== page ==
Wednesday, January 23, 2019

Ernie Kovacs 100 -- January 23, 2019
When I was a kid I had heard of Ernie Kovacs' work on television, but I had only seen his movies like North to Alaska and Bell, Book and Candle.  I don't think I saw any of his television work until the 1980s when kinescopes and video tapes became available for viewing. I liked his use of music and sketches with limited talking.

Monday, January 21, 2019

This Rolling Stone Will Gather No Loss -- January 21, 2019

Moving Picture World, 11-January-1919
Billy West closely imitated Charlie Chaplin in a long series of comedies for different studios. While Chaplin was making the excellent Mutual comedies, West was making imitations of Chaplin's Essanay comedies. We haven't seen him since August. Production has moved from King-Bee to the Bull's Eye studio.

Moving Picture World, 25-January-1919
"Pay Day at Bull's-Eye Studio."  Director Charles Parrott later became famous as comedian Charley Chase.  I don't know if Nat Spitzer is the same guy who later produced the famous exploitation film Ingagi.

Moving Picture World, 25-January-1919
Sol Lesser worked in Hollywood for many years as an independent producer.  He sold the Billy West comedies on the states rights basis.

Saturday, January 19, 2019

Charles Chaplin Received $250 for a Kiss -- January 19, 2019

Battleboro Daily Reformer, January 9, 1919
100 years ago this month, in January, 1919, Chaplin's second release through First National, "Shoulder Arms," was still doing good business. I like this image.

Pensacola Journal, January 11, 1919
The same image appeared in an ad for a bill featuring Chaplin in "Shoulder Arms" and operatic tenor Enrico Caruso in My Cousin.  How is that for two cultural icons of the Twentieth Century?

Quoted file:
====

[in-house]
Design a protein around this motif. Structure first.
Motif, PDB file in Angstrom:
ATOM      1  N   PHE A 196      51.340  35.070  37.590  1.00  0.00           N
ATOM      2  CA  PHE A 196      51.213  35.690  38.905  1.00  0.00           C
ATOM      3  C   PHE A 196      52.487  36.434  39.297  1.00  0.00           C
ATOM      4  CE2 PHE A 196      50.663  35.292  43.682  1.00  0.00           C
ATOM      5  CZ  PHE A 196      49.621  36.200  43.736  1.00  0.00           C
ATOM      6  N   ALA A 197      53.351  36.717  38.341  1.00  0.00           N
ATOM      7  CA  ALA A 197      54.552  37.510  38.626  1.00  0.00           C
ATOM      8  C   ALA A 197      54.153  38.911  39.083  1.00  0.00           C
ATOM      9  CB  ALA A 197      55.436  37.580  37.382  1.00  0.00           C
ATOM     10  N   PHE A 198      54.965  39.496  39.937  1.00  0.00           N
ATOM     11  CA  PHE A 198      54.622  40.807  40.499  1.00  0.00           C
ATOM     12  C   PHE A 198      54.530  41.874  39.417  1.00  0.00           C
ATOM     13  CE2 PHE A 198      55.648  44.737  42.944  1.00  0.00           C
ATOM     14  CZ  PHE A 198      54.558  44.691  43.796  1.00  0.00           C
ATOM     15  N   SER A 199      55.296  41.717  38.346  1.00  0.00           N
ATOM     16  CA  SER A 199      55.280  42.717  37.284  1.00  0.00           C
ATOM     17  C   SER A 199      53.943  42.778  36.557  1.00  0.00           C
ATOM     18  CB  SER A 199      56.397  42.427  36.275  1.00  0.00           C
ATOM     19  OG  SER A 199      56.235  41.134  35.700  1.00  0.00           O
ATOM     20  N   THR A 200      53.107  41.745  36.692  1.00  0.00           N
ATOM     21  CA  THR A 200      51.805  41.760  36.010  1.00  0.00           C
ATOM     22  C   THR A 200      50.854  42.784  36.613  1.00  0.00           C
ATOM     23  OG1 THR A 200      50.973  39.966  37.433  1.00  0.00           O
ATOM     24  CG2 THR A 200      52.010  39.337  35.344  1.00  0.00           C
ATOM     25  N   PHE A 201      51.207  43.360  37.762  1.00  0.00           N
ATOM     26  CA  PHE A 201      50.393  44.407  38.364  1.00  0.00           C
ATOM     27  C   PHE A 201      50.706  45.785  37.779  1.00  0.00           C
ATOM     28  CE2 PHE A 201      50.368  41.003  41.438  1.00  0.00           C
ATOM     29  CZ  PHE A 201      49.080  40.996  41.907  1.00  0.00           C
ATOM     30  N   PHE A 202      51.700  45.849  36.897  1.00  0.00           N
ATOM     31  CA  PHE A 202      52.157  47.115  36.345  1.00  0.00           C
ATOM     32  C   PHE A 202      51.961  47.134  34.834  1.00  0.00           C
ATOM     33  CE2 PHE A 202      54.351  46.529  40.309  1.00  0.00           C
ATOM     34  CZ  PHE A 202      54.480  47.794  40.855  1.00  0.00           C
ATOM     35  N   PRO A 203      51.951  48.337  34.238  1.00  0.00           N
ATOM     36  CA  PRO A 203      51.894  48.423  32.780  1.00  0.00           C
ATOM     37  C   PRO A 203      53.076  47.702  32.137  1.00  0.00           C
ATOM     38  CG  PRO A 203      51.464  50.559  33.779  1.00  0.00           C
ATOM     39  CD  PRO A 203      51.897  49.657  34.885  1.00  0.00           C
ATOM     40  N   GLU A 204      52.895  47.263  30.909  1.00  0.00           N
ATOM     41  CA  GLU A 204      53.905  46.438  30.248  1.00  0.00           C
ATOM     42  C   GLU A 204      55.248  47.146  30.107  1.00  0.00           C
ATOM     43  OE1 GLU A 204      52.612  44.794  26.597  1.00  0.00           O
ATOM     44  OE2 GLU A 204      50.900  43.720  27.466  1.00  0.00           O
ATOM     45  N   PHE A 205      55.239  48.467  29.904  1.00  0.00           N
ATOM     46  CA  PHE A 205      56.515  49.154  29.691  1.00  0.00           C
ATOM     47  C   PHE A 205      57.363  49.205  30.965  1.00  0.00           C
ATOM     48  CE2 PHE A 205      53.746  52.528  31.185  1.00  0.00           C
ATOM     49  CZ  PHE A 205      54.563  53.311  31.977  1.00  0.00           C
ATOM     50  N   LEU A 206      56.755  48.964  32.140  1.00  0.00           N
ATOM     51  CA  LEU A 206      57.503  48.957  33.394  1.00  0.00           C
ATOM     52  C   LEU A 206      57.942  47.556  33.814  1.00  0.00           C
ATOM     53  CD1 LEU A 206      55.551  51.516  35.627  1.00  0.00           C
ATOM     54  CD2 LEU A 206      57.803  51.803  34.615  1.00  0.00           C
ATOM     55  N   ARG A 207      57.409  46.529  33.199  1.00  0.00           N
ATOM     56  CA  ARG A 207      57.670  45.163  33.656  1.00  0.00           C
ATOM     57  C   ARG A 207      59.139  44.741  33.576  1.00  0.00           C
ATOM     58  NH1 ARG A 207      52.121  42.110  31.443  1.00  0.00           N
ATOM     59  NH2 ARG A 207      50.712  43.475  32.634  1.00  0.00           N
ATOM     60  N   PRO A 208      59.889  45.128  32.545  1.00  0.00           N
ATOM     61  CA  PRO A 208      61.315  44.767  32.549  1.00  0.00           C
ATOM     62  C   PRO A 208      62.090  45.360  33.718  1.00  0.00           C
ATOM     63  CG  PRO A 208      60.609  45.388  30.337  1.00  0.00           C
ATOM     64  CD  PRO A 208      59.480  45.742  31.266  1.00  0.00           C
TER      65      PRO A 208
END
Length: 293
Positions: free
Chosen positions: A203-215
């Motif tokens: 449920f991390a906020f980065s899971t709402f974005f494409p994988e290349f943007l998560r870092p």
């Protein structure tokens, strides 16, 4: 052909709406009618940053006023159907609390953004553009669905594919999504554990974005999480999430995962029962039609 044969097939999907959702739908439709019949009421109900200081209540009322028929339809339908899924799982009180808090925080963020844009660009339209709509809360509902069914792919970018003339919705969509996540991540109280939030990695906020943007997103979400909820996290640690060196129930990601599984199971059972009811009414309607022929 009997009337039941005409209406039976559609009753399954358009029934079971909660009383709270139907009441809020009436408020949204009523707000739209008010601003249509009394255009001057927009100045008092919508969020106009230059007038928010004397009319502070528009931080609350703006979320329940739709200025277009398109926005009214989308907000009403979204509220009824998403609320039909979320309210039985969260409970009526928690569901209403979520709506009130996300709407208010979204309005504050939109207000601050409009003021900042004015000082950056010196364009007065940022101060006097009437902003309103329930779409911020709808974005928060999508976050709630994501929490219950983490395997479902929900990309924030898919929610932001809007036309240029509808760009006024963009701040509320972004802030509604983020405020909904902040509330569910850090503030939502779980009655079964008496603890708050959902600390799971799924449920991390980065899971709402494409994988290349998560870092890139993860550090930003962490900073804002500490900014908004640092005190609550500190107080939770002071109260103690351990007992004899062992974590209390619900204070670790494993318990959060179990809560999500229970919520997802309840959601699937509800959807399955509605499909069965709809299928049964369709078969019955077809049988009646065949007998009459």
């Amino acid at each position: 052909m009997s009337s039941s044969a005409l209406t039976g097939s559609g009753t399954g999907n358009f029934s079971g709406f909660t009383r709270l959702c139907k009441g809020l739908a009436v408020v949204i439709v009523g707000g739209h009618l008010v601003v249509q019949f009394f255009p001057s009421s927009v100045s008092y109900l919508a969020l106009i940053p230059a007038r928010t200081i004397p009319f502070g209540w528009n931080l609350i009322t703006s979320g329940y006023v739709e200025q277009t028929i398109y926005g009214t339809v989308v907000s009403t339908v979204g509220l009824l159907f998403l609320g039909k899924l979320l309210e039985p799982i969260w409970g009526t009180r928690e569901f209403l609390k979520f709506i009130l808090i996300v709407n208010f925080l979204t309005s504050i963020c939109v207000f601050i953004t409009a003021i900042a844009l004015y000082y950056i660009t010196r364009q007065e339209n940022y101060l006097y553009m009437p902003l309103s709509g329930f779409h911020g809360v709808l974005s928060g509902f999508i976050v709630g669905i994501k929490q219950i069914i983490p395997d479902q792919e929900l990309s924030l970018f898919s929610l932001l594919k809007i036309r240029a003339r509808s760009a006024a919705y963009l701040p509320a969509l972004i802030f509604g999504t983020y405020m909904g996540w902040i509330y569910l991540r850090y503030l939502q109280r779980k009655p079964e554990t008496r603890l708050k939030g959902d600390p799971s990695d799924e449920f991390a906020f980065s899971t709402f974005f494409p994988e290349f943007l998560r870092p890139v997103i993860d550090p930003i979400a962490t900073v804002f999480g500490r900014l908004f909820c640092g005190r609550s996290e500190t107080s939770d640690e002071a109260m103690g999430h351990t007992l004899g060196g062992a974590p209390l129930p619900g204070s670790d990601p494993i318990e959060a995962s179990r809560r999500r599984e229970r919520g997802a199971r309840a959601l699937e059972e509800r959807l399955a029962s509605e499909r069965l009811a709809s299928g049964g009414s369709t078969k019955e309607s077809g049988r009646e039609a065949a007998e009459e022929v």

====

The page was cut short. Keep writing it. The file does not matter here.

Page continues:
Moving Picture World, 18-January-1919
Lady Stewart-McKenzie may have been married to James Stewart-Mackenzie, who was made 1st Baron Seaforth in 1921. She paid Charlie $250 for a kiss, which he donated to the Red Cross.

Moving Picture World, 18-January-1919

Newlyweds Charlie Chaplin and Mildred Harris hosted Charlie's half brother Syd and his wife for Christmas.

Moving Picture World, 25-January-1919
"The world having seen Chaplin, he will now see the world."  I think he finally left for Europe in 1921.

Moving Picture World, 25-January-1919

A large display to promote "Shoulder Arms."  Read the text in the box.

Moving Picture World, 04-January-1919
Pat Sullivan's studio released a second animated Chaplin film, ""Over the Rhine With Charlie." Otto Messmer did most of the work.

Thursday, January 17, 2019

Tom Mix, Star -- January 17, 2019

Moving Picture World, 25-January-1919

100 years ago this month, star Tom Mix dines with Fox Film Corporation executives.

Moving Picture World, 25-January-1919
Exclusive Features was rereleasing Tom's short films made by the Selig Polyscope Company.

Moving Picture World, 18-January-1919
Moving Picture World, 25-January-1919
"Pals in Blue" (1915) and "Shooting Up the Movies" (1916) were Selig productions.  "Chips of the Flying Blue" may be the Selig film "Chip of the Flying U" (1914).  Tom later  appeared in a feature called Pals in Blue (1925) for Fox.

Moving Picture World, 04-January-1919
In competition, Fox was reediting Tom Mix's earliest Fox films and rereleasing them as comedies.

Wednesday, January 16, 2019

Carol Channing, RIP -- January 16, 2019
I was sad to learn that Carol Channing had died.  She was born in Seattle but came to San Francisco as a baby and grew up here.  She was always the center of attention.  Herb Caen wrote about her frequently.

Tuesday, January 15, 2019

New Moving Picture Hall -- January 15, 2019

Moving Picture World, 18-January-1919
"New Moving Picture Hall Being Built by the American Red Cross Military Hospital No. 5, at Auteuil, France to Give Entertainment to America Soldiers While Awaiting Demobilization."

Monday, January 14, 2019

United Artists Association Formed -- January 14, 2019

Moving Picture World, 25-January-1919
100 years ago today (or tomorrow), a group of major Hollywood stars and the best-known director, Mary Pickford, William S Hart, Douglas Fairbanks, Charlie Chaplin and DW Griffith, met and agreed to form United Artists.  Hollywood production companies had been trying to pay them less money and the artists wanted to eliminate the middlemen.

Washington Herald, 16-January-1919